Efficacy of narrowband ultraviolet B phototherapy with needling in patients of vitiligo.
Objective To determine the efficacy of narrowband ultraviolet B therapy (NBUVB) with needling in patients of vitiligo.
Methods A total of 100 cases were included in this study. In each patient a patch of 15 to 5 cm diameter skin area was selected as a target lesion for the study. Needling was done on the whole patch with a disposable insulin syringe, from the pigmented margins or the islands in the vitiliginous patch. After the procedure, the whole patch was subjected to NBUVB. The repigmentation was assessed according to 5-grades scale.
Results Out of 100 patients of vitiligo, 45% males and 55 % females, treated with NBUVB with needling, 58% patients showed grade 4 response i.e. 75% or more repigmentation.
Conclusion Narrowband UVB with needling is an effective, useful and well-tolerated therapy for treatment of vitiligo.
Narrowband ultraviolet B therapy, needling, vitiligo.
Vitiligo is a multifactorial disorder with a complex pathogenesis. It has a worldwide prevalence ranging from 0.5% to 4%. It has a profound negative psychosocial impact, especially in coloured races.1 Although exact mechanism is unknown, but due to genetic predisposition, immune-mediated injury or other unidentified toxins, the melanocytes stop their function or physically disappear in the affected epidermis while those in the hair follicle are usually spared.2 There is frequent association of vitiligo with other autoimmune diseases. HLA types associated with vitiligo include A2, DR4, DR7, and Cw6.
The treatment of vitiligo is based on the principles of stimulating the existing melanocytes in the affected area or repopulating it with functioning melanocytes.3 Conservative therapies include photochemotherapy with psoralens and ultraviolet A (PUVA), phototherapy alone with ultraviolet B (UVB) radiation (broadband UVB 290-320 nm, narrowband UVB (NBUVB) 311 nm), topical and systemic steroids and pseudocatalase. The newer therapeutic options include treatment with topical immunomodulators (tacrolimus, pimecrolimus), analogues of vitamin D3, excimer laser and surgery/transplantation.4-6
Repigmentation is best seen on face and neck (60-70%) as compared to trunk and limbs (40-50%). Hands, feet and lips show poor results while some patches may not respond to any of the modalities. Grafting techniques are also used such as minigrafts and autologous cultured melanocytes.
A simple technique used to treat vitiligo is that of needling which is used as an adjunct to ultraviolet therapy. Needling is the procedure in which melanocytes are pushed by a needle from pigmented margins towards the white area of vitiligo. It has been seen that patients who are treated with needling and phototherapy show better response in terms of repigmentation than those treated with phototherapy alone. Some reports even show complete repigmentation of vitiliginous patches after repeated needling.7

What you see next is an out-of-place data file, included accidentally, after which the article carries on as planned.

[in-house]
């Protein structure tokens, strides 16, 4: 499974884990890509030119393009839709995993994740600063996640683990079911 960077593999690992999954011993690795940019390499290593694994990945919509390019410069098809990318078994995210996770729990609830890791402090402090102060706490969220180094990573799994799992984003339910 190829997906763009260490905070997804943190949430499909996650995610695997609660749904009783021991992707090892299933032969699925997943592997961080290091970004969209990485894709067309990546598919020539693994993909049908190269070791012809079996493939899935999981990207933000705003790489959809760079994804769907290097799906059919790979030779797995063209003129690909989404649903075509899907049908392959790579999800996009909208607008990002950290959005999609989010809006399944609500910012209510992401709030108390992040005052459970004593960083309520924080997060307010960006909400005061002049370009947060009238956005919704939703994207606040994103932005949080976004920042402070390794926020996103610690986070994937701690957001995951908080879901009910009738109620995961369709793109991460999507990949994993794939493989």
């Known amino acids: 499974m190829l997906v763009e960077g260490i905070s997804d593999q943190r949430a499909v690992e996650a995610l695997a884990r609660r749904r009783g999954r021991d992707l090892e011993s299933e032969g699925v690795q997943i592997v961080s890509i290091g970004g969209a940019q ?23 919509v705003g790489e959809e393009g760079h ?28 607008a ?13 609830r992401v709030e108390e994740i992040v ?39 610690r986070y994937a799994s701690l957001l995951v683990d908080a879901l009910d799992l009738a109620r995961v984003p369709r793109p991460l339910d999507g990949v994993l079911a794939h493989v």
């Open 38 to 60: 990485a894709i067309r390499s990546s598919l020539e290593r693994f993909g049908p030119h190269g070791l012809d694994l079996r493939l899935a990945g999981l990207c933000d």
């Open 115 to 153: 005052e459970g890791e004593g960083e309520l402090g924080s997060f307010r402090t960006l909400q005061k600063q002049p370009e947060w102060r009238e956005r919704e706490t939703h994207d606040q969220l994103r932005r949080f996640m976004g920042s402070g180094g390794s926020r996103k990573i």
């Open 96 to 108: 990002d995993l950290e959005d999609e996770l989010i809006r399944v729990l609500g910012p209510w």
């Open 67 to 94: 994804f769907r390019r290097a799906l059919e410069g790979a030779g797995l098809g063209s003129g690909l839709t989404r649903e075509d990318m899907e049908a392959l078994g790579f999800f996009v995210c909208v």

Repigmentation of white patches with needling occurs mainly from melanocytes which are physically dragged or pushed by the tip of the needle from coloured margins of the patch or islands of pigment present within the patch. These islands are either already present or are produced during needling and serve as a source of melanocytes available for further spread.8 In a study conducted in Lahore, Pakistan in 2006 by Ahmed et al.7, 79 (94%) patches showed good to excellent response after six months of combination therapy of needling and NBUVB.
This clinical study was planned to evaluate needling as an adjunct to NBUVB therapy in patients with vitiligo as there are very few national and international studies available.
A total of 100 patients of vitiligo, fulfilling the inclusion criteria were enrolled in this study during the period of one year from July, 2010 to June, 2011 in Dermatology Department, Jinnah Hospital, Lahore. All 100 patients completed the study.
Patients of 15 to 50 years of age, of either sex, with localized patch of vitiligo of 15 x 5cm size and for more than six months duration were included. Patients with bleeding/coagulation disorders (decreased platelet count, prolonged BT, CT, PT, APTT), pregnancy, history of hypertrophic scarring or keloids formation, history of photosensitivity, personal (clinical examination) or family history of skin cancer, lip-tip variety of vitiligo, trichrome vitiligo and leucotrichia were excluded.